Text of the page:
Articles: Graphics
 

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As is known, the launch of ATI RADEON 9700 graphics processor and R300 architecture caught NVIDIA unawares. The company simply couldn’t offer any adequate response to ATI Technologies’ attack for 8 months. However, in fact, the NV30 chip, which gave birth to the today’s product family from the Santa Clara manufacturer appeared not very successful.

The cards based on GeForce FX 5800 used very expensive 12-layer PCB and were equipped with very expensive DDR II memory working at 1000MHz frequency but featuring very narrow 128bit bus. And the cooling solution of these graphics cards aka FlowFX, which was specifically developed for this graphics card family and was probably intended for deaf people became almost a legend. The worst thing for NVIDIA was the fact that their new GeForce FX 5800 Ultra solution was very often slower than RADEON 9700 PRO or demonstrated very low advantage over the competitor, which was an unbelievable situation for NVIDIA, really. All this resulted into inadequate reaction of the market to this product. In the long run, NVIDIA stopped the production of their new solution having manufactured only around 100 thousand pieces of this graphics processor. However, NVIDIA learned its lesson and took all mistakes of the failed NV30 into consideration. Very soon, in January 2003 a new NV35 chip came out. Compared with NV30, the new NV35 boasts higher performance, and uses 256bit memory bus for the regular DDR SDRAM. NV35 appeared a pretty successful product: having borrowed all the best from the predecessor, it was deprived of the predecessor’s drawbacks.

It is a paradoxical fact, but 3dfx engineers and developers used to say about the failure of GeForce256 as a product and its success as an implementation of the new architecture. Now that these people have actively participated in the development of the almost failed GeForce FX 5800, the same thing is true for NV30.

Here is what the new NVIDIA’s GPU can do (for more details on the NV35 performance and features, please, see our article called NVIDIA GeForce FX 5900 Ultra (NV35) Review):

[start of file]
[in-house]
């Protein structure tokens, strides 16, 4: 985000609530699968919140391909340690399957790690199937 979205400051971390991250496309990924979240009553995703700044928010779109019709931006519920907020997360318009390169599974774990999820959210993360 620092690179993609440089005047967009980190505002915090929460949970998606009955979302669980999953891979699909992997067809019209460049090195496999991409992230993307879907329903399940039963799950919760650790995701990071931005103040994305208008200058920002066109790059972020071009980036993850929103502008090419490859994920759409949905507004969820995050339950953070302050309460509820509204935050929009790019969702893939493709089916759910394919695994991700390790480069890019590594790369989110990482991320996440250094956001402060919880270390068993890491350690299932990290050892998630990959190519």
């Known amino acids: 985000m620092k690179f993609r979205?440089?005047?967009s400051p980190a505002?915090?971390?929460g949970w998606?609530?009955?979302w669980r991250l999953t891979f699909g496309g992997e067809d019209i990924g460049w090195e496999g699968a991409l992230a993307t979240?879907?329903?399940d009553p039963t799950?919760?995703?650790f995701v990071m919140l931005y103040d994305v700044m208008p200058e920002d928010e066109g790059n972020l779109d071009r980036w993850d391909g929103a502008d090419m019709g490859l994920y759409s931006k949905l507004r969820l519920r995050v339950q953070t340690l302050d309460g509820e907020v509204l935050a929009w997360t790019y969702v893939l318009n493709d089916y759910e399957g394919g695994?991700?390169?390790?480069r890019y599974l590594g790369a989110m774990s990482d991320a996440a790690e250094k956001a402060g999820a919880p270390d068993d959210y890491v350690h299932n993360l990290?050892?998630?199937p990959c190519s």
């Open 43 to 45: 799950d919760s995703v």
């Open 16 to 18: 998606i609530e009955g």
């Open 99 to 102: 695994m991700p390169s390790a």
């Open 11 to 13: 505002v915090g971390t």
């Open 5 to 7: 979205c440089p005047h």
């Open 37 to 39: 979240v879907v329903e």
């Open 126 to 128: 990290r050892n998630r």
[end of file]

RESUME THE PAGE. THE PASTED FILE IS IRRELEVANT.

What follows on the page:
NVIDIA GeForce FX 5900 Ultra
(NV35)

Manufacturing technology

0.13micron

Number of transistors

135mln

Chip frequency

450MHz

Graphics memory controller

256bit
DDR SDRAM

Graphics memory frequency

850MHz
(425MHz DDR)

Peak memory bus bandwidth

25.940GB/s

Max graphics memory size

256MB

AGP interface

AGP 3.0 4x/8x

Pixel pipelines, pixel shaders

Pixel pipelines

4, 8

Texturing unites per pipeline

2, 0

Max number of textures during multi-texturing

8

Texture filtering types

bi-linear
anisotropic
tri-linear
tri-linear + anisotropic

Max anisotropy level

8

Pixel shaders version

v.2.0+

Vertex pipelines, vertex shaders,

Vertex pipelines

3

Vertex shaders version

v.2.0+

Full Screen Anti-Aliasing

FSAA methods

Supersampling,
Ordered grid multi-sampling
(OGSS, OGMS)

Number of samples

2 (OGSS, OGMS),
Quincunx,
4 (OGSS, OGMS, OGSS+OGMS – only in Direct3D ),
6 (OGSS+OGMS, only in Direct3D),
8 (OGSS+OGMS)

Technologies aimed at higher memory bandwidth efficiency

Hidden Surfaces Removal (HSR)

Yes

Frame-buffer compression

Yes

Z-buffer compression

Yes

As you see, the features list of the new NVIDIA solution deserves all our respect. By the way, even though the reference NVIDIA cards have got rid of the super-noisy FlowFX cooling system, they acquired an even larger solution instead, which still occupies two PCI slots inside the case and is still pretty noisy. Nevertheless, some graphics card makers took a different way: they developed and intruded their own cooling solutions for NV35 based graphics cards. Today we are going to take a closer look at a product like that from ASUSTeK Computer.

 
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